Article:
Poland Demands Israeli Response Over ‘Racist’ Holocaust Comments
(Bloomberg) -- Poland demanded a response from Israel in a deepening dispute over the Holocaust, with Prime Minister Mateusz Morawiecki condemning comments from the Jewish state’s foreign minister as "racist."
Morawiecki canceled sending a delegation to Jerusalem, where he was slated to meet his counterparts from the Visegrad Group of eastern European nations Monday, after Israeli Premier Benjamin Netanyahu was reported as saying last week that the Polish nation cooperated with Nazi occupiers during World War II.
While Israel clarified that Netanyahu had been talking about “individuals, and not the whole nation” collaborating with the Nazis, the comments drew swift reaction from the government in Warsaw, which has passed laws criminalizing the act of blaming Poland or its people for wartime crimes committed against Jews and other minorities.
The situation escalated when Israel’s newly appointed Foreign Minister Yisrael Katz said in a television interview that “Poles imbibed anti-Semitism with their mother’s milk.” Katz was citing former Prime Minister Yitzhak Shamir, a Holocaust survivor.
“We’re awaiting a categorical reaction on shameful, unacceptable, and racist words by the newly appointed foreign minister," Morawiecki said. He added that no one from the Polish government would attend the Visegrad 4’s first meeting to take place outside of Europe.
Israel’s Foreign Ministry said the leaders of Hungary, Czech Republic and Slovakia were still coming to Jerusalem and would meet with Netanyahu. However, the meeting would no longer be considered a "Visegrad summit," because that requires the participation of all four Visegrad nations, Foreign Ministry spokesman Emmanuel Nahshon said.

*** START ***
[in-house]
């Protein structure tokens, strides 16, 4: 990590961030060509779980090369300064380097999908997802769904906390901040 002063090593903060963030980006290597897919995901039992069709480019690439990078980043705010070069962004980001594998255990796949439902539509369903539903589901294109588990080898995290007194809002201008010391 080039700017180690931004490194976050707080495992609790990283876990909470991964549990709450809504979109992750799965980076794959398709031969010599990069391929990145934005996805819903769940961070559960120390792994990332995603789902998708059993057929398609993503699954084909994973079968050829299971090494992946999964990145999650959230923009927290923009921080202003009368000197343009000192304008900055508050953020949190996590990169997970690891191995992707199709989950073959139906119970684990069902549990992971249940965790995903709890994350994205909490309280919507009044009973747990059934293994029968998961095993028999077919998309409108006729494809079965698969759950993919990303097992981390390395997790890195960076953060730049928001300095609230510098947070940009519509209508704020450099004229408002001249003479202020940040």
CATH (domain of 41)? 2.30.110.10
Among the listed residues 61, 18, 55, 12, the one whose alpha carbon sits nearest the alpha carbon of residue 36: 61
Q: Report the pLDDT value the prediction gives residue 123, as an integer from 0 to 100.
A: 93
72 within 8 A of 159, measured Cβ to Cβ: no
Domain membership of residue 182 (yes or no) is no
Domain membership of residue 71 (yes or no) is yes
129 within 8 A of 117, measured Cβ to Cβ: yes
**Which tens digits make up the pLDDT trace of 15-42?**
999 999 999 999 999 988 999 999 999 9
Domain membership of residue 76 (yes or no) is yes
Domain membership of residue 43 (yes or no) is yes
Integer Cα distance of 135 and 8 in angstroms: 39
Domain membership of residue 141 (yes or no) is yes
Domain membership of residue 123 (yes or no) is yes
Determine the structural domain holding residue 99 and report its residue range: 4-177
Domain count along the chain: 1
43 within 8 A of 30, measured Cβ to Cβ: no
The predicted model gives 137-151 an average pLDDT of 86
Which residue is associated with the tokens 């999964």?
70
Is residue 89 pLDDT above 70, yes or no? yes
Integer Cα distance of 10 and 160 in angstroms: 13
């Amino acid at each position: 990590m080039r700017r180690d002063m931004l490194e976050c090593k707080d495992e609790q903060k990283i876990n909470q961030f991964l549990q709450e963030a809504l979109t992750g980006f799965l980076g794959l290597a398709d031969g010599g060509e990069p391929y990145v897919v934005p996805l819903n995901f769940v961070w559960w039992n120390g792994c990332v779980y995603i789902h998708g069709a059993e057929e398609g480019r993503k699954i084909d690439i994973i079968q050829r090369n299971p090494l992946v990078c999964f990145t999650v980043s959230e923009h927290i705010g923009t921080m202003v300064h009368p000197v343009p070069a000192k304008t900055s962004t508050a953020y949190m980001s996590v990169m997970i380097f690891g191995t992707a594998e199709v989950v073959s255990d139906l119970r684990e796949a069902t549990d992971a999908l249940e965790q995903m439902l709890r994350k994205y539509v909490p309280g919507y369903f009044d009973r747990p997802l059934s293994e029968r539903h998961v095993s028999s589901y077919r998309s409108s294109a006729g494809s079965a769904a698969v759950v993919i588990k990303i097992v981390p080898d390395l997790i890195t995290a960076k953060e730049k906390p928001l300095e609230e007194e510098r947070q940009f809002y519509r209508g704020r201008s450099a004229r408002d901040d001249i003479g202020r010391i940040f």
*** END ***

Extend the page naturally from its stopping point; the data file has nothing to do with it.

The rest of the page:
“It’s going to be a summit with Visegrad members,” he said by text message.
Polish opposition leader Grzegorz Schetyna also demanded an explanation from the Israeli side, and the Foreign Ministry summoned Israel’s ambassador, according to Channel 13. The European Union country has long argued it shouldn’t bear responsibility for acts committed against Jews and others at death camps run by the Nazis on Polish soil.
It’s not the first time Poland and Israel have sparred over the issue. The latter took issue with the Holocaust law passed by the nationalist Law & Justice government last year. The law was later softened, and both countries signed a joint statement condemning anti-Semitism and “anti-Polonism.”
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